Turns out pizza without cheese is still bloody excellent. Sure, there were a lot of naysayers on the internet when Gigi on South King Street changed to a plant-based menu, but they were wrong, because a chewy, wood-fired pizza base covered in a layer of sweet golden tomato puree and tender ribbons of capsicum gets all the umami depth it needs from a liberal dose of olive tapenade, capers, chilli, oregano and olive oil. The salty, savoury and spice trifecta hits all the right flavour zones on your tongue – we swear you won’t even miss the mozzarella.
Despite being located on one of the Inner West's most hectic main drags, inside the vibe transports you to a world far removed from the noise outside. The team, led by former Bistro Moncur executive chef Darrien Potaka (a Kiwi himself), is killing it. Order the mushroom papardelle that you stir a just-set egg through for a DIY sauce situation. It;s a cracker. That’s the thing about Bach: this is seriously sophisticated cooking, prepared in an environment that allows you to relax.
What is it about the Porteño team? They have yet to open up a restaurant that isn’t just a delightful experience to be in. Maybe it’s because refining your cooking under Elvis Abrahanowicz always elicits excellent results. Or perhaps it’s because wine selected by Joe Valore, for whom the grapey drops have brought about a dynastical career, is consistently delicious. Or it could be Sarah Doyle’s lovingly curated interiors – be it the vintage furnishings or the cinnamon-scented loos.
While this half motorcycle workshop and half eatery lured us in for breakfast ramen (a beautiful big bowl of rich, fatty broth made from an infusion of buttered toast, topped with a just-set onsen egg, shards of crisp bacon and a charred tomato), dinner time here is worth a look in too. Order up sizzling gyozas; tiny kingfish ceviche tostadas with guacachile and pickled radish; or the secret ever-changing ramen.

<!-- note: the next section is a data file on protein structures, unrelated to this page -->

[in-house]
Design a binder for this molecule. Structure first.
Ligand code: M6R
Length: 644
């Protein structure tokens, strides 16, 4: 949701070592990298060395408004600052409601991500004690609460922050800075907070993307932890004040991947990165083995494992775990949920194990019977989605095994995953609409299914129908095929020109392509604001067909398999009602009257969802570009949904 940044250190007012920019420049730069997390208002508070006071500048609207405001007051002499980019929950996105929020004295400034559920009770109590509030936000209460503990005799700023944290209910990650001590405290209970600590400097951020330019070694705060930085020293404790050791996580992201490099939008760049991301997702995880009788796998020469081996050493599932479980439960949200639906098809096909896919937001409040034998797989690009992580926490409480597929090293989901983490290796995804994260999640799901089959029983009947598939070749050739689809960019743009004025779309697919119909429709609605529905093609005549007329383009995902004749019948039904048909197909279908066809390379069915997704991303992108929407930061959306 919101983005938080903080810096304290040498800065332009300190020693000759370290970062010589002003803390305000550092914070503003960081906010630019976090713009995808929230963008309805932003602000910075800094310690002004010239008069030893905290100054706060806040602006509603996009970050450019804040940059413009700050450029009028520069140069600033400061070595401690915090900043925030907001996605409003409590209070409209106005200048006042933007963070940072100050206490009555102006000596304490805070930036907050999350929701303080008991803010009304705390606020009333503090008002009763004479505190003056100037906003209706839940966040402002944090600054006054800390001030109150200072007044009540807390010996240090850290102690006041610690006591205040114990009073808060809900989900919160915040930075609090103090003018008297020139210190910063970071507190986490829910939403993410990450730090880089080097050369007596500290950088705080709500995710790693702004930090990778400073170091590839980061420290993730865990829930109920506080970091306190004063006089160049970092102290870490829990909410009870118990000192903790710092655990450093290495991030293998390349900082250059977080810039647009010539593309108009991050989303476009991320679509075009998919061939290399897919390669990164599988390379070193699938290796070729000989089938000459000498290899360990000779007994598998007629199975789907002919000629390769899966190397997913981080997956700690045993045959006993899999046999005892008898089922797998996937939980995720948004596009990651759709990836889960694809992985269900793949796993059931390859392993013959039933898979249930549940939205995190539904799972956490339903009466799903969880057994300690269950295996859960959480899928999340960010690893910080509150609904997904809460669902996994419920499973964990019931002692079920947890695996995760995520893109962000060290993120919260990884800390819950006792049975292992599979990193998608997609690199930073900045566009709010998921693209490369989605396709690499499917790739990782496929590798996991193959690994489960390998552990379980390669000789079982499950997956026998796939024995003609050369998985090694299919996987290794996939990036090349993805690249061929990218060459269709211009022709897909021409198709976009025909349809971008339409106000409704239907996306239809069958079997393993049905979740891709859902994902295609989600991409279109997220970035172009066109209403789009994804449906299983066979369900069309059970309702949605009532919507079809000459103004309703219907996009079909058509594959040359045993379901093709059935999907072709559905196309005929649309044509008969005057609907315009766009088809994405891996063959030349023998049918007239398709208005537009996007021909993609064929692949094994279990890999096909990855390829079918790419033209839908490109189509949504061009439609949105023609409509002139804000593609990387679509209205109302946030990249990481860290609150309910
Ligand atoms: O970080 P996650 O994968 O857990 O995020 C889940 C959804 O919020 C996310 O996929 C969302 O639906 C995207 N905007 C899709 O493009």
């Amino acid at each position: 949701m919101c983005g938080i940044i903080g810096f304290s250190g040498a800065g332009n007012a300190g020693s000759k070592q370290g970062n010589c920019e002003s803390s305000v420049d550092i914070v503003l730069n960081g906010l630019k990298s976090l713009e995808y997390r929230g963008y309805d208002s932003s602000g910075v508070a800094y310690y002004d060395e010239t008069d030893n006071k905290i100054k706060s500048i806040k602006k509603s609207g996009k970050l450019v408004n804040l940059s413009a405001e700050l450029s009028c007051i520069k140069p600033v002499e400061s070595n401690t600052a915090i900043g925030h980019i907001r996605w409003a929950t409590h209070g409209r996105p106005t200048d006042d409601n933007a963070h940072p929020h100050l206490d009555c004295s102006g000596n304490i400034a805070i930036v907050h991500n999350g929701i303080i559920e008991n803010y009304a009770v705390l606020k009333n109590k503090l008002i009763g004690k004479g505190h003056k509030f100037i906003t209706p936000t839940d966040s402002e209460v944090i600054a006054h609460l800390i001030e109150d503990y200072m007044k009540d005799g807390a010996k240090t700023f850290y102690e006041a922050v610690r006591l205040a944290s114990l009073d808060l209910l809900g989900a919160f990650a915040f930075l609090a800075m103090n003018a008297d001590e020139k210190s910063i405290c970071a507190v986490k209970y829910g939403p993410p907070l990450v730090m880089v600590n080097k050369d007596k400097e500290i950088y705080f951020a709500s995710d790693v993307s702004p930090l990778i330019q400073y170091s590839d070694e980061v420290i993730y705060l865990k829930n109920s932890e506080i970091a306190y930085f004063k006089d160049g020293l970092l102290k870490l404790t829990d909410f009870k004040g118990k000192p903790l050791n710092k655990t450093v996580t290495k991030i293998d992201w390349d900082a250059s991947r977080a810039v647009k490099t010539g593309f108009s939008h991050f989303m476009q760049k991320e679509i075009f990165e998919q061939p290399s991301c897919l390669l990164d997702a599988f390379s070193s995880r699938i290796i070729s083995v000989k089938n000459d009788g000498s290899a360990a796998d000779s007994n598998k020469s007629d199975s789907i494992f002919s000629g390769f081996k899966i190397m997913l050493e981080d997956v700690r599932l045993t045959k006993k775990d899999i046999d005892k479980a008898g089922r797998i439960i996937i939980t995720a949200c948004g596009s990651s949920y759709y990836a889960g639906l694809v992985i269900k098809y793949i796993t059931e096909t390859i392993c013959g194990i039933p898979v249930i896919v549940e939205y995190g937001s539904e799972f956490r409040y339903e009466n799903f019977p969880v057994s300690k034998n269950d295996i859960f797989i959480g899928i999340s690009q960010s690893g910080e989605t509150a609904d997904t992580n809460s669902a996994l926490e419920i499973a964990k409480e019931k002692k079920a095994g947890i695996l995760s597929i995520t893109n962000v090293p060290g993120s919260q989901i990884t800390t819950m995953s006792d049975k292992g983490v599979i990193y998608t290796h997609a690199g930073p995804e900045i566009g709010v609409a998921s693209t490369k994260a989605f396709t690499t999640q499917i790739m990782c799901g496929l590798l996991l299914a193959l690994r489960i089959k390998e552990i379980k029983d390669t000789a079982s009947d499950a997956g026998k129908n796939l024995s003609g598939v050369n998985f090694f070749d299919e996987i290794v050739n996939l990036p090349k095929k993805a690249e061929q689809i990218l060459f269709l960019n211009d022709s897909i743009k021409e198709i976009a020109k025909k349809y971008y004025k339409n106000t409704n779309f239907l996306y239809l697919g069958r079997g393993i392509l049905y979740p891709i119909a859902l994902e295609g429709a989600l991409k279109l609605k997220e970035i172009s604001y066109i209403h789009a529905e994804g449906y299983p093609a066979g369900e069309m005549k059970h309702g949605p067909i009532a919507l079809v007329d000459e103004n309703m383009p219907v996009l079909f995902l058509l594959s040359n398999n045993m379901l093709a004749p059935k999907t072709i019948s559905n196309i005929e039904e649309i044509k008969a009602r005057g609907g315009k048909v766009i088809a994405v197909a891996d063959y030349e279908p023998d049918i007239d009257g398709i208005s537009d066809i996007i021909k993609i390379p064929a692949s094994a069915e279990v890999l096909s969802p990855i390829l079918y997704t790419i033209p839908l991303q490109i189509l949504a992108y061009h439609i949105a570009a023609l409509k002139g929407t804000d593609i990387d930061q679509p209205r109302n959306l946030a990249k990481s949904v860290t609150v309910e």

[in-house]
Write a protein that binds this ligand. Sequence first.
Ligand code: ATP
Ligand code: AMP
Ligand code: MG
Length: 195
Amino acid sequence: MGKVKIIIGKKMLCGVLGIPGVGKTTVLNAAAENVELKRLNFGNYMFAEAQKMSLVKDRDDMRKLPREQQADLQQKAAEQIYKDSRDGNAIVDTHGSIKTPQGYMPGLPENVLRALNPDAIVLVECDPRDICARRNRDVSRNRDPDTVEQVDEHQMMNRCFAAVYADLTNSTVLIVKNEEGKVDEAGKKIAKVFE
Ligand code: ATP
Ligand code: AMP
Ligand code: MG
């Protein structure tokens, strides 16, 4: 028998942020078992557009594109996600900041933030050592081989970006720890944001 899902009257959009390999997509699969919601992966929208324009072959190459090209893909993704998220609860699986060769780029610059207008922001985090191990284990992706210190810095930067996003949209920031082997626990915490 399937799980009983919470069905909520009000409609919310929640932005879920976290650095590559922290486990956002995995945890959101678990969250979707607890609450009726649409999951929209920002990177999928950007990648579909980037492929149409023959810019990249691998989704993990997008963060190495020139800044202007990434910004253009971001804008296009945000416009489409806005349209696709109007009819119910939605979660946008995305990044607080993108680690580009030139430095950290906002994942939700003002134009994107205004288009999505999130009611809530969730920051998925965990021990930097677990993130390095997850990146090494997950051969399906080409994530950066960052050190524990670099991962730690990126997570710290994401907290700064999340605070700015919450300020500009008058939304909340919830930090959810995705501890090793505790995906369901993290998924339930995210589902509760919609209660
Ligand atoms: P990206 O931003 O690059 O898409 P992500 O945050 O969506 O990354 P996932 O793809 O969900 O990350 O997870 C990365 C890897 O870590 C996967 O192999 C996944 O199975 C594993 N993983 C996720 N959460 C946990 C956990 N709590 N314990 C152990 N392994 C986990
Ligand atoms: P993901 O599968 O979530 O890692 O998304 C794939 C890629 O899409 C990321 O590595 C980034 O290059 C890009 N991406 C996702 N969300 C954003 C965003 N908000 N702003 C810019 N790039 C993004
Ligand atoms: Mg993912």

Look for the neon yellow sign that marks the doorway to Luyu and Yum Yum. Head up the stairs and you emerge into an elegant dining room that has a sexy birdcage vibe thanks to all the black lattice panels that divide up the room. In case the wall of wine wasn’t tipoff enough, this isn’t a hurried-service BYO kind of place. And the prices reflect that. The ‘Kiss Me’ soup dumplings have tiny red lips on top, but check the temperature before puckering up – the soup inside these fragrant and gingery dumplings is deceptively hot.
You might find that a jaunt down Enmore Road has smelt a little different of late. Has somebody lit a bonfire? Nope, but the guys at Bovine and Swine Barbecue Company are smoking meats low and slow all day long, and that smoky, caramelly scent is all part of the service, baby. It’s a super casual sort of joint, with two long share tables and an order at the till, find yourself a seat sort of vibe. There's brisket, pork rib and beef short rib, as well as chopped pork or lamb, but we lose it for the jalapeno and cheese link sausage. Go for the ‘plate for one’ and you can choose two meats, plus a side.
Hartsyard is the baby of husband and wife team chef Gregory Llewellyn and hostess, Naomi Hart. It’s a gorgeous room with a real Inner West sensibility – lots of upcycled timber, black painted metal and a cute feathered fake duck at the counter. If the room is Inner West, the menu is most certainly pegged in the deep south. The American deep south, that is. You’ll want to go for the crunchy, golden fried chicken, all juicy on the inside and served with buttery, melt-in-your-mouth biscuits – those buttery American-style scones they serve all through the south – and sausage gravy.
How about a drink after dinner?
Cruelty-free dinner ideas
People repping a vegan diet don't have prentend they enjoy pumpkin salad anymore. Sydney is now home to plant-based burger shops; classic Italian pizzerias that opt for cheese and meat alternatives; gelato shops that favour coconut bases; and a growing contingent of fine diners offering fancy degustations for vegans.